A COMMITTEE of the European Parliament has produced a report that heavily criticises member states for their mass surveillance.
The report was produced by the Committee on Civil Liberties, Justice and Home Affairs [PDF]. Described as a draft, and signed by rapporteur Claude Moraes, the report concerns itself with the US National Security Agency (NSA) telephone and internet surveillance dragnet and the impact it has on European countries.
Real issues stemmed from the Edward Snowden revelations last summer, it said, and those raised questions about whether European privacy and data standards are being observed.
"The revelations since June 2013 have caused numerous concerns within the EU," it said, adding that these include concerns about how much cooperation and involvement "certain member states" have with the US in their own similar programmes.
The report singled out the UK for playing along with the NSA and for having its own comparable system, called Tempora. While there are strong indications that the UK is a bad apple, limited but still related systems might be in use in Germany and France, according to the committee.
"[Note] the allegations of 'hacking' or tapping into the Belgacom systems by the UK intelligence agency GCHQ," it noted. "Belgacom [said] that it could not confirm that EU institutions were targeted or affected, and that the malware used was extremely complex and required the use of extensive financial and staffing resources for its development and use that would not be available to private entities or hackers."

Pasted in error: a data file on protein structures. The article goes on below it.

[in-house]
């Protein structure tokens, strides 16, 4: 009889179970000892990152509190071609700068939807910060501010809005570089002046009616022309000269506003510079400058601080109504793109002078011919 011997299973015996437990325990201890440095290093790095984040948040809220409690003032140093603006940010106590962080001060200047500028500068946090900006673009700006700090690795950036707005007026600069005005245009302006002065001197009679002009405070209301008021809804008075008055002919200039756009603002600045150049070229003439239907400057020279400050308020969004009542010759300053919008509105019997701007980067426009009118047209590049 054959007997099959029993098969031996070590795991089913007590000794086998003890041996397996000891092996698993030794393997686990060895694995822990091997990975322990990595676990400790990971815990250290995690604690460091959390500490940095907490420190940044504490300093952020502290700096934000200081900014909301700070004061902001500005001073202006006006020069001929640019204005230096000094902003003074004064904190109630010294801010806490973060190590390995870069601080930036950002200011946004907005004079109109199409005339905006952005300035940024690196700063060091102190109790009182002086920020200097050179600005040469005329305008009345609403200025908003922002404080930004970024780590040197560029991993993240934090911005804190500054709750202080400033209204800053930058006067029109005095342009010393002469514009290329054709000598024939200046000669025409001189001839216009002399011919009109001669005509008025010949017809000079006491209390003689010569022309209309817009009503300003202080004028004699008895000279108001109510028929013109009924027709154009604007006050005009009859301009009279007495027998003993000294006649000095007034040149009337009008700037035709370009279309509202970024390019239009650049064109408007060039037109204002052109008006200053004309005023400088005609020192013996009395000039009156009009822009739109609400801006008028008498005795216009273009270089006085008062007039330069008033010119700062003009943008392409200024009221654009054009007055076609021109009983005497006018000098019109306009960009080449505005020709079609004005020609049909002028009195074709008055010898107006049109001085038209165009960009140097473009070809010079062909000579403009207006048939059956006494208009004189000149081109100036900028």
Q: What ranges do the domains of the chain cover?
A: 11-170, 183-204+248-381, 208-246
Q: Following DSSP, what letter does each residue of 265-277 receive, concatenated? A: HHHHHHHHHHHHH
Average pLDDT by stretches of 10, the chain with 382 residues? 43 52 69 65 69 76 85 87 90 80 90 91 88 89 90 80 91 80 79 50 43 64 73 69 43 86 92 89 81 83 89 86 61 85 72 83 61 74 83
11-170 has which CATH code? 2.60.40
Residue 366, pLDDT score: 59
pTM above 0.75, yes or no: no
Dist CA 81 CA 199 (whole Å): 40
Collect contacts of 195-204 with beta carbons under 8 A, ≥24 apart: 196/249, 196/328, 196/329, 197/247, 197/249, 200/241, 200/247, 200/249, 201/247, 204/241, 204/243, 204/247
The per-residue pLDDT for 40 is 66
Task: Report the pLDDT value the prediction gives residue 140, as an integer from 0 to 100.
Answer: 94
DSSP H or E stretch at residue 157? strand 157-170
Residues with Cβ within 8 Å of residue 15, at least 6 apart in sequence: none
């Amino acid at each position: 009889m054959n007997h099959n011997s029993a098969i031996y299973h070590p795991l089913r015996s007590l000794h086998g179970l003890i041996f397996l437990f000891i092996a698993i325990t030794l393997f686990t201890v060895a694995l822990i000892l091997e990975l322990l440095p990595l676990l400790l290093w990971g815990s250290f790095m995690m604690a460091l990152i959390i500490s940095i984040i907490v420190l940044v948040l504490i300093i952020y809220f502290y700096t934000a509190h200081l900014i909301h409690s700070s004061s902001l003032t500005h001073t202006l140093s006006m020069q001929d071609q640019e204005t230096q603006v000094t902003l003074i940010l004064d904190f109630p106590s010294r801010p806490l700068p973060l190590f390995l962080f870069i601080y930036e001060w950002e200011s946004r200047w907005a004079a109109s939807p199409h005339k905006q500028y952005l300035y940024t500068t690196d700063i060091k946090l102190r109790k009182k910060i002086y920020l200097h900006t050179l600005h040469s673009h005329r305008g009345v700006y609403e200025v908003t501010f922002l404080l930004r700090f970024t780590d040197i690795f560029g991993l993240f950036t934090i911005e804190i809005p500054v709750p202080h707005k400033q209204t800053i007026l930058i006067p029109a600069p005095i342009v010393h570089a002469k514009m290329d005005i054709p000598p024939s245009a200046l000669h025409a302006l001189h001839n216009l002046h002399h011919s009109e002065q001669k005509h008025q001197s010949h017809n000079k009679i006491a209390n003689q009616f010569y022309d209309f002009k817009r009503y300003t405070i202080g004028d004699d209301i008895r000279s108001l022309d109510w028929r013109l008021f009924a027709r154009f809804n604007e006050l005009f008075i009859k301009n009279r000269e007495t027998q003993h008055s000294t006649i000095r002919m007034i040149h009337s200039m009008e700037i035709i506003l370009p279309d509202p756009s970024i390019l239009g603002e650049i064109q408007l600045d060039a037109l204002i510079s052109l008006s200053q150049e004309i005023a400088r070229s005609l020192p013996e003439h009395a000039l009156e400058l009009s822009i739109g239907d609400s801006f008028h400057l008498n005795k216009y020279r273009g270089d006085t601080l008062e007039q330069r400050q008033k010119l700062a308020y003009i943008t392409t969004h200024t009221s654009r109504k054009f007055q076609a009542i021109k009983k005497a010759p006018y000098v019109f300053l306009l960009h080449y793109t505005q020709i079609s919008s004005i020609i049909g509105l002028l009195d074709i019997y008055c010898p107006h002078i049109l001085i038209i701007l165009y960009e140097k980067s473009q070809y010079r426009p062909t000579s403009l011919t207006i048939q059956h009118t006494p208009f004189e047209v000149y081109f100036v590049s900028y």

The committee recommended that the US and EU member States cease and prohibit "blanket mass surveillance activities and bulk processing of personal data", and suggested in particular that the UK clear up its complicated and conflicted legal situation.
"Given the extensive media reports referring to mass surveillance in the UK, [we] would emphasise that the current legal framework which is made up of a 'complex interaction' between three separate pieces of legislation - the Human Rights Act 1998, the Intelligence Services Act 1994 and the Regulation of Investigatory Powers Act 2000 - should be revised," it added.
The UK is back into a discussion about whistleblowers and their rights. Here the committee said that more should be done to protect individuals and the media that have revelations of their own.
"When supervisory mechanisms fail to prevent or rectify mass surveillance, the role of media and whistleblowers in unveiling eventual illegalities or misuses of power is extremely important," continued the report.
"Reactions from the US and UK authorities to the media have shown the vulnerability of both the press and whistleblowers and the urgent need to do more to protect them." µ
But reading the boxes will be more difficult for consumers
Yet another CEO who knows nothing about security
World's fastest internet connection could give Japanese kids an edge in online gaming
Chipmaker does a Tango with Google